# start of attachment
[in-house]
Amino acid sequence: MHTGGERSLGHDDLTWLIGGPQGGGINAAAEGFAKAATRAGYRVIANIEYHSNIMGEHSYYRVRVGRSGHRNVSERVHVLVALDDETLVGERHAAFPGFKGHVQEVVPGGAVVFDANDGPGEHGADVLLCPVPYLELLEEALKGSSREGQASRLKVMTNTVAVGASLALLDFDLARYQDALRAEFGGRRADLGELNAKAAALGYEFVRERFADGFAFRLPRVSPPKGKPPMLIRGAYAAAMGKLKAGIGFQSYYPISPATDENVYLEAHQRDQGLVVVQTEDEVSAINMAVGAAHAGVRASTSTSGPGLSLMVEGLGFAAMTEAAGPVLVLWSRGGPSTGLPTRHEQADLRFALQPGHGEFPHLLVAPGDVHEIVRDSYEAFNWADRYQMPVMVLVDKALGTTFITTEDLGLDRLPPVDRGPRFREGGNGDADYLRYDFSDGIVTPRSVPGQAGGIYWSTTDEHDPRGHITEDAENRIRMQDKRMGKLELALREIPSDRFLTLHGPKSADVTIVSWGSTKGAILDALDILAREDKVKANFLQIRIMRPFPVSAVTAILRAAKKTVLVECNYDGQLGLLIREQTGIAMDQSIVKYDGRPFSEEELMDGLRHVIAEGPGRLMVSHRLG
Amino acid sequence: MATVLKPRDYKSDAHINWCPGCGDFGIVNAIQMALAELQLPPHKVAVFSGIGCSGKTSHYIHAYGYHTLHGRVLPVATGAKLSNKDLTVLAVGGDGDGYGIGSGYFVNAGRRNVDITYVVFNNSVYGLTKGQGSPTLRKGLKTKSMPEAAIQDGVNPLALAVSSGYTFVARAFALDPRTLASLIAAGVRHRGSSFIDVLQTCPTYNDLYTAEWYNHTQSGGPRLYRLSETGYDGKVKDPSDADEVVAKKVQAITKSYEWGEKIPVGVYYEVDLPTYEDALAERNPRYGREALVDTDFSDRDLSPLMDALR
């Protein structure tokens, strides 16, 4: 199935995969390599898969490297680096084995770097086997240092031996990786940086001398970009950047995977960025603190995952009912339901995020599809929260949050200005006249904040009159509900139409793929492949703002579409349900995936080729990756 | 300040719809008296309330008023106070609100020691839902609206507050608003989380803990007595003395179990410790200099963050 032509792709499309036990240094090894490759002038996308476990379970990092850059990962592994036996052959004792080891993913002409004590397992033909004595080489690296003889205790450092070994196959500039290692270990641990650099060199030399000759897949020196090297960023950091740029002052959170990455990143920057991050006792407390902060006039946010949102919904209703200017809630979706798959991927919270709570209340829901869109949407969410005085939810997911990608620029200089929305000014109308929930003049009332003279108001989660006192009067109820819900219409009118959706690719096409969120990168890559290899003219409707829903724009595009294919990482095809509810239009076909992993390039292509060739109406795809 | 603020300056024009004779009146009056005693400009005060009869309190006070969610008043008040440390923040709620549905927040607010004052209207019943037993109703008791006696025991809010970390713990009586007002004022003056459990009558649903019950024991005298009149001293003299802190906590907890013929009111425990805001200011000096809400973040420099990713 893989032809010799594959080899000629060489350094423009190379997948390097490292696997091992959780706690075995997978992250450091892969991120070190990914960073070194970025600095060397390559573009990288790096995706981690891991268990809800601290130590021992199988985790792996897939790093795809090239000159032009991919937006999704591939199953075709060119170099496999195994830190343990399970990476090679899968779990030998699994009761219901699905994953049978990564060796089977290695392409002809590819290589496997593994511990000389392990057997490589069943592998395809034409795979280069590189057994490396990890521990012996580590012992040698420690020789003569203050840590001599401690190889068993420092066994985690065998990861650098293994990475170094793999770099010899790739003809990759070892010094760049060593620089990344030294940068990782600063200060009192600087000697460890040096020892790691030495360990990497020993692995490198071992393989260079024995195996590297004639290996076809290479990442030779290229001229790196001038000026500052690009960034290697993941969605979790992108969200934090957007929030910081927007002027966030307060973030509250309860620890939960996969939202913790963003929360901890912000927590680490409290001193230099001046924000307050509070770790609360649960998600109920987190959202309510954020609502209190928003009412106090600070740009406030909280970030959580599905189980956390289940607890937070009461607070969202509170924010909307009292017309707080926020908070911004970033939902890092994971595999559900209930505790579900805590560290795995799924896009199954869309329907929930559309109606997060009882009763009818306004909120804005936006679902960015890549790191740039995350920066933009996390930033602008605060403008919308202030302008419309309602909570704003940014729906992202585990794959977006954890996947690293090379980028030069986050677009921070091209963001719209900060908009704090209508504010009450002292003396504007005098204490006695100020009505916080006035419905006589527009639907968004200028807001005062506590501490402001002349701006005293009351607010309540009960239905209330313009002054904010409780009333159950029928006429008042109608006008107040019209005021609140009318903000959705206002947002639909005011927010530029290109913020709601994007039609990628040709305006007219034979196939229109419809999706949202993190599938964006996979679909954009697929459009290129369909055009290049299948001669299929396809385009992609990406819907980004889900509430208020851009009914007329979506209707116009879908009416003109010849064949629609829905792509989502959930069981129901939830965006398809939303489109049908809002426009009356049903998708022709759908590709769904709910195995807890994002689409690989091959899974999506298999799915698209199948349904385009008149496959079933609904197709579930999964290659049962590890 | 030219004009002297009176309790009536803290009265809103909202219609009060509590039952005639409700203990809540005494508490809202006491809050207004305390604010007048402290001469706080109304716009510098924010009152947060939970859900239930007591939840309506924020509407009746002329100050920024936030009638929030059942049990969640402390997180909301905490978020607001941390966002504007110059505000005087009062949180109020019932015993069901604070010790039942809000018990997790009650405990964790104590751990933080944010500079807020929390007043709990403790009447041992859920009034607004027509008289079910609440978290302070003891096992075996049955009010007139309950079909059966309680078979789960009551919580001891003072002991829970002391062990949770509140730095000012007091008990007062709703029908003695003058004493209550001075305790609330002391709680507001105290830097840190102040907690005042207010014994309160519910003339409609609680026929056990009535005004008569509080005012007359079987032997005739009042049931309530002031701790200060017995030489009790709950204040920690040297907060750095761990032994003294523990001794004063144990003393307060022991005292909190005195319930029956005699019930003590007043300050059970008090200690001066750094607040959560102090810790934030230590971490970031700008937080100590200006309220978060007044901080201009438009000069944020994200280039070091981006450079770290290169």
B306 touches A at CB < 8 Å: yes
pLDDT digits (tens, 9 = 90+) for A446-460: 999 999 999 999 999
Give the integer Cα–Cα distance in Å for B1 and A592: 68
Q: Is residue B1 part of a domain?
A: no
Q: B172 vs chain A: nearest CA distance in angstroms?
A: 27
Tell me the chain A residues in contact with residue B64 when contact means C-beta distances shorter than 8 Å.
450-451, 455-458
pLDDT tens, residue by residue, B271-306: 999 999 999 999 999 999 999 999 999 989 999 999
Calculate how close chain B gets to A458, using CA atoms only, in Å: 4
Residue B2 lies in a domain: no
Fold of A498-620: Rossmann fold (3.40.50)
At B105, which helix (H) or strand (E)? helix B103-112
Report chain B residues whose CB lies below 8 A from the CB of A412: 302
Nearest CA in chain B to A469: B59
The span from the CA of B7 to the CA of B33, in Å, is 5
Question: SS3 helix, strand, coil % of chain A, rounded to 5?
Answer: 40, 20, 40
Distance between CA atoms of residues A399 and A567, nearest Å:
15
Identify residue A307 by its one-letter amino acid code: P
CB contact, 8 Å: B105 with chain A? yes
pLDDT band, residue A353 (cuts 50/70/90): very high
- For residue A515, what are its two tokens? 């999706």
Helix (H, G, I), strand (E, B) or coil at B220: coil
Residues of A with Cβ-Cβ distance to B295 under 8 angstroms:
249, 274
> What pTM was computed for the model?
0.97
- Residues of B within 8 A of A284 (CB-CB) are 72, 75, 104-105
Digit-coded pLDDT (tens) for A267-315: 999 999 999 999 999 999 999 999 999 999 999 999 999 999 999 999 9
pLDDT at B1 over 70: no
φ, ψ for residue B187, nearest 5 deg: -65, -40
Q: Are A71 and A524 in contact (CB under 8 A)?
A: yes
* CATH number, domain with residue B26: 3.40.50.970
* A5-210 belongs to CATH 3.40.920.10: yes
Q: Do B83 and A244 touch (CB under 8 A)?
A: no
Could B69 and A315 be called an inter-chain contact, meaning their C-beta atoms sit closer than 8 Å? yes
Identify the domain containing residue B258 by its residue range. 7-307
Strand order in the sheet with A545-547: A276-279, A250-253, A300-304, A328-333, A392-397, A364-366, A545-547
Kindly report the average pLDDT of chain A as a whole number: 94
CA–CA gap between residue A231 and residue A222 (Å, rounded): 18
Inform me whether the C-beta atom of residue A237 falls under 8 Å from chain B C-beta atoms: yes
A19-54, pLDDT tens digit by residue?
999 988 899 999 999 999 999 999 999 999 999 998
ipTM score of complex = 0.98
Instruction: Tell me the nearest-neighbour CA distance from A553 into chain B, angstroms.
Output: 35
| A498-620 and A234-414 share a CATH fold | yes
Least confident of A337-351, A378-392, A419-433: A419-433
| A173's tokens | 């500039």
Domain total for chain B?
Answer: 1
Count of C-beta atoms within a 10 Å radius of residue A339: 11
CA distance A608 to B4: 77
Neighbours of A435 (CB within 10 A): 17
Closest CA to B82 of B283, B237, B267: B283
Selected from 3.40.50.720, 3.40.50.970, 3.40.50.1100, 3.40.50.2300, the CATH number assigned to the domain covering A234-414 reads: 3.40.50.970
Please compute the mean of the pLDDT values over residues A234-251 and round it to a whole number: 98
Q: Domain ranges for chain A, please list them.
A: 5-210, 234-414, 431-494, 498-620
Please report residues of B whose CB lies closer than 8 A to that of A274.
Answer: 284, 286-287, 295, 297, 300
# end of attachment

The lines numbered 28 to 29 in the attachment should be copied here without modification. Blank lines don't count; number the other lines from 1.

pLDDT band, residue A353 (cuts 50/70/90): very high
- For residue A515, what are its two tokens? 């999706």